Other parts of this series:
As the cliché goes, if you’ve grown tired of the current banking and risk climate, give it a few minutes. It’s bound to change.
By the 2020s, Accenture predicts current banking business models to be swept away by a tide of ever-evolving technology and other rapidly occurring changes. The risk management function is sure to be pressed to evolve in parallel and it is, according to our 2017 Global Risk Management Study.
In this blog series on banking risk management, I will offer Accenture’s perspective of the changes that have already happened, and those yet to come. I will start with an overview of nearly a decade of risk challenges facing banks, and then take a deeper look at the fresh challenges facing banking risk leaders today.
We’ve been studying risk management across financial services—as well as in banking—since our first study debuted in 2009. Then, banking risk managers were reacting to the global crisis, grappled with siloed organizations, with technology not fit for purpose and a shortage in risk resources.
Since then, banking risk leaders have made significant, admirable gains. Moving past the global economic crisis, by 2013 risk leaders began having a direct line to the CEO, even taking a “seat at the table” by 2015.
Meanwhile, pressure mounts with rapidly increasing data volumes and requirements, and organizational analytic capabilities require constant upgrading. Likewise, digital data management and data analysis skills are more in demand than ever, adding to the ongoing talent squeeze.
Our 2017 Global Risk Management Study findings illustrate the rapid pace of change across banking and the risk function, both driven by digital change, digital capabilities and digital competitors. Alongside this change, challenges similar to those from 2009 remain (see Figure 1). Banks face increasing business pressure to integrate risk and finance functions. They still struggle with talent shortages. From a technology standpoint, change is ongoing, but banks are stretching to use new technology (such as automation and cognitive computing) to full potential.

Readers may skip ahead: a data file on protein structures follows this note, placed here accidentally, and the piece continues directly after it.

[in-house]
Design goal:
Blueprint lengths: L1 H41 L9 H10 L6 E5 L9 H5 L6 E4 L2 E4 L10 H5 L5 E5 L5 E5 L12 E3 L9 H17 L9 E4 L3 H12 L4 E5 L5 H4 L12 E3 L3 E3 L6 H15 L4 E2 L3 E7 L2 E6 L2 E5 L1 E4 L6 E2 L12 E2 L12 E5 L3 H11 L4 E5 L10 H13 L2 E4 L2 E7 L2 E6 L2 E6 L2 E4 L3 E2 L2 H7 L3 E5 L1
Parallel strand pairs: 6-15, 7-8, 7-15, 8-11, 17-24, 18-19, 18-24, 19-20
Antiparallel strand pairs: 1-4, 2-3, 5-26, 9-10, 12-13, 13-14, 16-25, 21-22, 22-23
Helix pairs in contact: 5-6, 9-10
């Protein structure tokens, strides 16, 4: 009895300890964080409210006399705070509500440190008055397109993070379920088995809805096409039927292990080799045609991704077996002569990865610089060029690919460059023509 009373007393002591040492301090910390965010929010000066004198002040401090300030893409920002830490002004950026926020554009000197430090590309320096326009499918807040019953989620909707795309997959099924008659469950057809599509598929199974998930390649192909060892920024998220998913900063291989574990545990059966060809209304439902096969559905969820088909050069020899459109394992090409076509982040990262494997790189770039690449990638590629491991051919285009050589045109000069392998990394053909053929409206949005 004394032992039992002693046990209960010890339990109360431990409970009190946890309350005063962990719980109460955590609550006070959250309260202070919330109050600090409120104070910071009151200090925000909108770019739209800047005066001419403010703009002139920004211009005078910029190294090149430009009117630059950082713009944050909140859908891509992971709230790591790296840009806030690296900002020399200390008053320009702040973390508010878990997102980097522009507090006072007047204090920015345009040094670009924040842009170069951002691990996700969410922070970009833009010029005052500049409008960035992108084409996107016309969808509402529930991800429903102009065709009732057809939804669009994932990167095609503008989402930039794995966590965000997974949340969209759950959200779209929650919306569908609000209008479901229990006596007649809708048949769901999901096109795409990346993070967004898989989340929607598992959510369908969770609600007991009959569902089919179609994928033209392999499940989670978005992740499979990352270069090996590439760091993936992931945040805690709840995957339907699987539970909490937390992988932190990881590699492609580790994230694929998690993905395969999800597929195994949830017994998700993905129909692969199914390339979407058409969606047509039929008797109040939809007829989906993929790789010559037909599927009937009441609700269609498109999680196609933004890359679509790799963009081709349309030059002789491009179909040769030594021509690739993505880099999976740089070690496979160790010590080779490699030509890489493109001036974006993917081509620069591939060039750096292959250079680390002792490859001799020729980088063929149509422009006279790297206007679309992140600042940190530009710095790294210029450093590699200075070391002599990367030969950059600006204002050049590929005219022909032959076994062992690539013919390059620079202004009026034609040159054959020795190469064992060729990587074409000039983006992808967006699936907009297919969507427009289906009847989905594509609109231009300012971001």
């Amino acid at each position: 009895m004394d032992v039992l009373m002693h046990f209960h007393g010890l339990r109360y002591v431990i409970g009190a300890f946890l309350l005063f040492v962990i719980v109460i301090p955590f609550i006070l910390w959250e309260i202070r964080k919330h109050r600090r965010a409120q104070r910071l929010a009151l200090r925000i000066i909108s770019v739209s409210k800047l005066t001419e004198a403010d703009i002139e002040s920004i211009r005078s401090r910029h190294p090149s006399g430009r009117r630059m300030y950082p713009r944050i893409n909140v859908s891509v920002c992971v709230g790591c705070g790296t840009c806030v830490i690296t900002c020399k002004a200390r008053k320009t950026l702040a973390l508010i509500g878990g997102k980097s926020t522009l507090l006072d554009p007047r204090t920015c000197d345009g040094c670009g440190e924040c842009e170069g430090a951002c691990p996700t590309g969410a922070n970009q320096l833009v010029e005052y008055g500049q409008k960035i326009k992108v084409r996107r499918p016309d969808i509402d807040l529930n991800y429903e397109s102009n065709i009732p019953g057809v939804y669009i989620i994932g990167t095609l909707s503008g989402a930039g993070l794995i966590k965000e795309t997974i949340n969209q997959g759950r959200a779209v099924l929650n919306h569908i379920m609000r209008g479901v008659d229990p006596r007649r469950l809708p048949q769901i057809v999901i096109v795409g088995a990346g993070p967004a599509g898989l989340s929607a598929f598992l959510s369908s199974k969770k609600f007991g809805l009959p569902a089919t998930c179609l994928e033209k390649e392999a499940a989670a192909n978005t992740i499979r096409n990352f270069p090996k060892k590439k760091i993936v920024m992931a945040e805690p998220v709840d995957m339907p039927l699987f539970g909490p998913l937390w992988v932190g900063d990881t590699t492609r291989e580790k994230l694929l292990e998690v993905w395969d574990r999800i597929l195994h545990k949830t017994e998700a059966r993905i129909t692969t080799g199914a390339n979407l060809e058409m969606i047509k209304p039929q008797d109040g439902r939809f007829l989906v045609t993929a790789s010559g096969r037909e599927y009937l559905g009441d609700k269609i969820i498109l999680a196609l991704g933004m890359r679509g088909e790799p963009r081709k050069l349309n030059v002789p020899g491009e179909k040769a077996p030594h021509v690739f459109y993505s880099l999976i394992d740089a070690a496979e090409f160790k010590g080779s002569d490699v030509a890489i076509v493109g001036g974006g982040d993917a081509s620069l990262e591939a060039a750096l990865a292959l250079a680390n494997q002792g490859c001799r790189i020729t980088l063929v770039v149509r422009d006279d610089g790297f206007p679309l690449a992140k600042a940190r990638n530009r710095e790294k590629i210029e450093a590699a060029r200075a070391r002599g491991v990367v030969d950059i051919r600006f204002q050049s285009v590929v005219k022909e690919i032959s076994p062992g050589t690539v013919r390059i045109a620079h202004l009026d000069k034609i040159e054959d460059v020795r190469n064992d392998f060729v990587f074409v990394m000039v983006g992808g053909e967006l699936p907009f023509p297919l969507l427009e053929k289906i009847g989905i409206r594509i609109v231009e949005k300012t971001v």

Additionally, risk managers continue to face conduct risk, reputational risk and strategic risk challenges. Other new risks are still emerging, such as model risk, cyber risk and contagion risk. Complicating matters, the 2017 study finds banking risk leaders facing the same expectations as their bank peers in terms of driving efficiency and wisely selecting the right people, technology and partnerships to get work done.
In the midst of—and to address—these challenges, banks are in varying stages of experimentation and adoption with cloud, analytics, automation and artificial intelligence. These technologies offer promise, both in terms of innovative, sleek solutions and substantial cost and efficiency gains. Can these technologies deliver beyond their promise?
Our study finds the time for modest change or incremental fixes has passed. True, we might have predicted the steady growth of technologies such as cloud, artificial intelligence and analytics, but the competitive shifts are less expected, and new non-financial risks are a bit of a surprise. But the biggest surprise is the pace of change: more rapid than we might have expected.
What can help banking risk leaders keep pace with constant and rapid change, and fend off new traditional and non-bank competitors? It’s time to innovate. Banking risk leaders may want to carve out a core, proactive strategy that can build risk capabilities overall—now and in an ever-changing future.
Figure 1: Evolution of Risk Management. For more details, view our interactive timeline.
Please join me in my blogs as I share my thoughts on how risk teams can become key organizational leaders by adopting smart technologies, playing the role of integrators of risk within the wider business, and layering existing risk talent to be multi-disciplinarian players and drivers of business value.